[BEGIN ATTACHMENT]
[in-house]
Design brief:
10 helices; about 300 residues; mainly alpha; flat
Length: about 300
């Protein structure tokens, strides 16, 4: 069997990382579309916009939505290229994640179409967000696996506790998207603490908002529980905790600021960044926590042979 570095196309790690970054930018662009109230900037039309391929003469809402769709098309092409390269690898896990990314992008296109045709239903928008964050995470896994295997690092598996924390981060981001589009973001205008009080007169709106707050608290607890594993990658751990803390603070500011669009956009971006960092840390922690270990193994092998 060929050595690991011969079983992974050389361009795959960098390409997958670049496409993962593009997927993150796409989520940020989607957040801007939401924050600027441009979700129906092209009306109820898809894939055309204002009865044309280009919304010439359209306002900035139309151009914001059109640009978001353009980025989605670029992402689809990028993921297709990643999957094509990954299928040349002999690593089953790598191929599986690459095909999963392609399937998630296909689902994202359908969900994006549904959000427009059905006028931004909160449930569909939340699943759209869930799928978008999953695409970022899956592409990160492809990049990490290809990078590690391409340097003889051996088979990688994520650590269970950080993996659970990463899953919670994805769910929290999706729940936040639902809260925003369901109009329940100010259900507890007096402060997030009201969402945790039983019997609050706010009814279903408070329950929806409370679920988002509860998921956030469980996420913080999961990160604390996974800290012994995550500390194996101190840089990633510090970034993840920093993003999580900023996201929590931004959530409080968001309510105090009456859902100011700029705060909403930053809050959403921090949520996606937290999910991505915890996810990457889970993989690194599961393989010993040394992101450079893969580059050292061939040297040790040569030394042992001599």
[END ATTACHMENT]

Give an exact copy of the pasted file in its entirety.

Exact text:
[in-house]
Design brief:
10 helices; about 300 residues; mainly alpha; flat
Length: about 300
């Protein structure tokens, strides 16, 4: 069997990382579309916009939505290229994640179409967000696996506790998207603490908002529980905790600021960044926590042979 570095196309790690970054930018662009109230900037039309391929003469809402769709098309092409390269690898896990990314992008296109045709239903928008964050995470896994295997690092598996924390981060981001589009973001205008009080007169709106707050608290607890594993990658751990803390603070500011669009956009971006960092840390922690270990193994092998 060929050595690991011969079983992974050389361009795959960098390409997958670049496409993962593009997927993150796409989520940020989607957040801007939401924050600027441009979700129906092209009306109820898809894939055309204002009865044309280009919304010439359209306002900035139309151009914001059109640009978001353009980025989605670029992402689809990028993921297709990643999957094509990954299928040349002999690593089953790598191929599986690459095909999963392609399937998630296909689902994202359908969900994006549904959000427009059905006028931004909160449930569909939340699943759209869930799928978008999953695409970022899956592409990160492809990049990490290809990078590690391409340097003889051996088979990688994520650590269970950080993996659970990463899953919670994805769910929290999706729940936040639902809260925003369901109009329940100010259900507890007096402060997030009201969402945790039983019997609050706010009814279903408070329950929806409370679920988002509860998921956030469980996420913080999961990160604390996974800290012994995550500390194996101190840089990633510090970034993840920093993003999580900023996201929590931004959530409080968001309510105090009456859902100011700029705060909403930053809050959403921090949520996606937290999910991505915890996810990457889970993989690194599961393989010993040394992101450079893969580059050292061939040297040790040569030394042992001599």